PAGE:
Like Beltrão’s other pieces, H3 will be a special experience. In his mix of references, contemporary art meets street dance. Although he is one of the most important young artists of Brazil, Beltrão and his group survive only on foreign support; they have no financial support from government or private sponsors so far. The dancers come from the worlds of hip hop and street dance, and they share no common artistic training. Even so, they are being encouraged to read more and relate their work to theory and movement analysis. Xeroxed copies of Laban and Bergson lie on the table during rehearsal. Other books and mp3 and video recordings are also available. Beltrão has the mind of a DJ, a trait typical of his generation.

For the new premiere, the 28-year-old Beltrão discusses with the boys about the timing of some trios, shouts about some group scene that is off key. He is honest with me about having a hard times figuring out the soundtrack. The dancers, after another afternoon of very hard physical work, sit down and talk with me about the difficulties of the piece. As Beltrão and his assistant discuss editing the material, some dancers pack to leave while a band starts set up in a corner. The rehearsal space they rent for the day will be transformed into a ballroom in the evening.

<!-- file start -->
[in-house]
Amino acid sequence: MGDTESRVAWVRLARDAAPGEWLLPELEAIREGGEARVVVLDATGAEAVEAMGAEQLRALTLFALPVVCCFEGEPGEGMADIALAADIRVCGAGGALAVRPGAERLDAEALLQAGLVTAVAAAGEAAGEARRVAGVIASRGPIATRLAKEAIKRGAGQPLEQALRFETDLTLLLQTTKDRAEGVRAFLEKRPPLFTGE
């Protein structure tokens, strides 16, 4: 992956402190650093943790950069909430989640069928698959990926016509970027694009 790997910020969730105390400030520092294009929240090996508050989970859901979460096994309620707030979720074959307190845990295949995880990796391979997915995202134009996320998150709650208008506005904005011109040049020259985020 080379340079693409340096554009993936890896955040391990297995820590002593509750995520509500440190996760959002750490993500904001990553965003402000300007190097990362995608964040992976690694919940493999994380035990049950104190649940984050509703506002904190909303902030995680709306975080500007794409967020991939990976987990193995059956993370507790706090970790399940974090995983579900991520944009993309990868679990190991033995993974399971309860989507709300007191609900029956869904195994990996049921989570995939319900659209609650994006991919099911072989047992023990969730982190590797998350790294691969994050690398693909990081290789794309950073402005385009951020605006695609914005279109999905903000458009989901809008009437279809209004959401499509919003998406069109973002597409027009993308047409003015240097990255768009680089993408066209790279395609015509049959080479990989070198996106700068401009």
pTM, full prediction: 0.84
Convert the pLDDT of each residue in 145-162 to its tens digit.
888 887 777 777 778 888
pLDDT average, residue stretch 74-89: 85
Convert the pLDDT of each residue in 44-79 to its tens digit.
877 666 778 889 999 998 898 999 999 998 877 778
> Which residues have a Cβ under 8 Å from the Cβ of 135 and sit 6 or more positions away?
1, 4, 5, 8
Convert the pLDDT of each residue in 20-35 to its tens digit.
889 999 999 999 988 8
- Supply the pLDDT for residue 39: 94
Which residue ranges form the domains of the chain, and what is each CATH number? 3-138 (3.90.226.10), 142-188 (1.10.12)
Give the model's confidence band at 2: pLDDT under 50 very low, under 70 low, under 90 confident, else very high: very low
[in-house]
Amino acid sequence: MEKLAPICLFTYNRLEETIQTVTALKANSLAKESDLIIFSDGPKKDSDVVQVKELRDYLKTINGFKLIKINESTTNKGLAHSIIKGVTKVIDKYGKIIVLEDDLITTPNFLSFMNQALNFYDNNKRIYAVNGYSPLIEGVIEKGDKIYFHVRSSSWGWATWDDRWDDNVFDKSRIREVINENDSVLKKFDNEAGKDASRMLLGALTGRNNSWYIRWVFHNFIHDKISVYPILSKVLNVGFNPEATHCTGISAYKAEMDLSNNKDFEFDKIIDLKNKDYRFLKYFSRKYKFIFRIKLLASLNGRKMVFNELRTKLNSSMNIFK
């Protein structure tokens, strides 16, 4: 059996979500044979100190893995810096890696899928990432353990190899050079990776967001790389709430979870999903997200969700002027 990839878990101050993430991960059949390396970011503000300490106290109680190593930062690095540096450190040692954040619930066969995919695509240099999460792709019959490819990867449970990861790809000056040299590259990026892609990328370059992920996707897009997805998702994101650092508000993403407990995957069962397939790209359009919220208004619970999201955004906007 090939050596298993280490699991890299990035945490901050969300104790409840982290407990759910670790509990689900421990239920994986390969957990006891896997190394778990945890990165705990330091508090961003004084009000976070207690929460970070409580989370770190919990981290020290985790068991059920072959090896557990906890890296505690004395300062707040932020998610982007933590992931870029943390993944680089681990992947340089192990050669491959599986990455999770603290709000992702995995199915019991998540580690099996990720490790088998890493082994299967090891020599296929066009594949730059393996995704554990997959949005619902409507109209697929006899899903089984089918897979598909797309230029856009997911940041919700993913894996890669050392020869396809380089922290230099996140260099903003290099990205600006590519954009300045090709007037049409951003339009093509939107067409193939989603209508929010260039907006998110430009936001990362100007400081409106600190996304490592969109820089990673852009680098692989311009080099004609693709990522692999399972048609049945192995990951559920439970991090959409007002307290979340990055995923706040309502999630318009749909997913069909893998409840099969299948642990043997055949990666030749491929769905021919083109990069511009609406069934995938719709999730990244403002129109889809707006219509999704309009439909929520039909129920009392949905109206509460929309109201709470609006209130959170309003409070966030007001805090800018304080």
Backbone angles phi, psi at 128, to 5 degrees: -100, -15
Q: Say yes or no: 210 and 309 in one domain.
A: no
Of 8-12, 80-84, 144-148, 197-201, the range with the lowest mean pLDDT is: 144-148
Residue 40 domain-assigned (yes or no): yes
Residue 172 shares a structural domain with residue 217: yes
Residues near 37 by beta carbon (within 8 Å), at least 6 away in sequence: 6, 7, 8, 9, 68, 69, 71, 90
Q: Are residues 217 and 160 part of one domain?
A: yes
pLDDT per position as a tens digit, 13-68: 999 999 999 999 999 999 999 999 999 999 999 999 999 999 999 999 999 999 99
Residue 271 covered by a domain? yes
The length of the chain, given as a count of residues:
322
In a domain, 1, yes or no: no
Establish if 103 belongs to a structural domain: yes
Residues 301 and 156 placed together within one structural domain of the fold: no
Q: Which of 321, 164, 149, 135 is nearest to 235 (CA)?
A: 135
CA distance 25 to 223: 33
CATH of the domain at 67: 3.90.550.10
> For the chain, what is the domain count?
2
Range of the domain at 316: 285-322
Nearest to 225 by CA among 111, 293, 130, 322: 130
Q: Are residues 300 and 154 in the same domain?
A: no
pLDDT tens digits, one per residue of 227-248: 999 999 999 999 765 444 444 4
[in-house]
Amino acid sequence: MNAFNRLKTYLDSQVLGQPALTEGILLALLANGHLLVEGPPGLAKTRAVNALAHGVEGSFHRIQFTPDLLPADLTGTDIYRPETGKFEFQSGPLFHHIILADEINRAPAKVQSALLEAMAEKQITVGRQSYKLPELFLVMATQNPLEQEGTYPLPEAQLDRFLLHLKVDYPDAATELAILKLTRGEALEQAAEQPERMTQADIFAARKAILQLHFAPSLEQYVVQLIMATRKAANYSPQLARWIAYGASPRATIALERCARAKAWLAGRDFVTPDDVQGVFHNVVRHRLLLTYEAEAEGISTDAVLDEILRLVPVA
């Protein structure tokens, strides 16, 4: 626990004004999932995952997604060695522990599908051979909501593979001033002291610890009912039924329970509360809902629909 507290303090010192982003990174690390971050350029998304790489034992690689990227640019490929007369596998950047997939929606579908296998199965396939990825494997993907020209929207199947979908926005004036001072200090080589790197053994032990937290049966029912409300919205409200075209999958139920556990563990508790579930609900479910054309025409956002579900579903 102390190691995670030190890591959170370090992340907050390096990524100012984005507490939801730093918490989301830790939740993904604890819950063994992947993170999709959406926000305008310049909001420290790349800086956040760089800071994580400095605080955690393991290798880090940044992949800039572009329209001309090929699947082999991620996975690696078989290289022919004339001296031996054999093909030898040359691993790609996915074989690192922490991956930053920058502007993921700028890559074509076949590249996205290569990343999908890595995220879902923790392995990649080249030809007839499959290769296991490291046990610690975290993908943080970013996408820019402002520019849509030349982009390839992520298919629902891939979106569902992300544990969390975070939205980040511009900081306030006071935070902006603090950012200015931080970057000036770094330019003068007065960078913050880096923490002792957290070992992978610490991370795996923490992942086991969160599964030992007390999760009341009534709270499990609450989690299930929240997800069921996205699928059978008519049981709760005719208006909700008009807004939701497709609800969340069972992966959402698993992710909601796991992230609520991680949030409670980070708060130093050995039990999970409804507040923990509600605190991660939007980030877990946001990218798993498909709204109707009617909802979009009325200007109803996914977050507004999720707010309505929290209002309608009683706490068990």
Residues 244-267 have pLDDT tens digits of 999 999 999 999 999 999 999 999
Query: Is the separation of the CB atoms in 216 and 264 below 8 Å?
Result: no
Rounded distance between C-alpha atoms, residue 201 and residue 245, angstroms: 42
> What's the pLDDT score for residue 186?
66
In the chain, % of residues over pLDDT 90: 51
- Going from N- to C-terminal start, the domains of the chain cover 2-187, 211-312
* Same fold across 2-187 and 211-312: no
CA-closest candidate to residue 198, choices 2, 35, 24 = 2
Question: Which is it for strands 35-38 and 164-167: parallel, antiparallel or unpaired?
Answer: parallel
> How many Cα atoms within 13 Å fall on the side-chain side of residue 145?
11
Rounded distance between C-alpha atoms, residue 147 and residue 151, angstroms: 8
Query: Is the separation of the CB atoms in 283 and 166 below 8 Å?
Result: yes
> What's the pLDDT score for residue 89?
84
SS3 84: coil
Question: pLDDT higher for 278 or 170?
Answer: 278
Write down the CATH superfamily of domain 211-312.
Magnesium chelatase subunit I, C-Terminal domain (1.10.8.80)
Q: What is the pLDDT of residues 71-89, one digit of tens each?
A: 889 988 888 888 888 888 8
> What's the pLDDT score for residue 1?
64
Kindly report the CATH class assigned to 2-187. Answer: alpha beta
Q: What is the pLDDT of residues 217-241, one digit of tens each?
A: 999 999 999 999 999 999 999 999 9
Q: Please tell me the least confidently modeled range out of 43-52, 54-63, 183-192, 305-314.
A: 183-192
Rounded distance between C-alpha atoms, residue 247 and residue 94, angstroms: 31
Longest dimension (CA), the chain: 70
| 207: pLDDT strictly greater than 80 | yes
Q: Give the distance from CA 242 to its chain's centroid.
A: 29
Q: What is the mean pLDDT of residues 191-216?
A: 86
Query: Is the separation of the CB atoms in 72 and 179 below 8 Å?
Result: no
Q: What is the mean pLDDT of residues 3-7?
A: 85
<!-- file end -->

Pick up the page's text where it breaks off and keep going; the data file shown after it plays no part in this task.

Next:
As we leave the space, I imagine the party and couples that will be dancing later. I think about the flow of bodies and the structure that Bruno is proposing in this piece and as I drive back over the huge bridge that separates/unites our cities, I can’t help thinking how dancing together can be a very tricky thing.

Bruno Beltrão (assist. Ugo Alexandre)

Bruno Beltrão

Bruno Duarte, Bruno Williams, Charlie Felix, Danilo Pereira, Eduardo Hermanson, Filipi de Moraes, Kristiano Gonçalves, Luiz Claudio Souza, Thiago Almeida

Light design
Renato Machado

Set design
Gualter Pupo

Marcelo Sommer

Lucas Marcier, Rodrigo Marçal - ARPX

Executive production
Mariana Beltrão

La Raffinerie – Charleroi/Danses, Kunstenfestivaldesarts

Gabriela Weeks

Grupo de Rua (Rio de Janeiro), Festival d’Automne à Paris / Ferme du Buisson (Marne-la-Vallée), Le Grand Théâtre de Luxembourg, International Arts Festival, Salamanca 2008 – Junta de Castilla y León, Kunstenfestivaldesarts

With the collaboration of
Hebbel-Am-Ufer (Berlin), La Ferme du Buisson

With the support of
Cavalera, Nike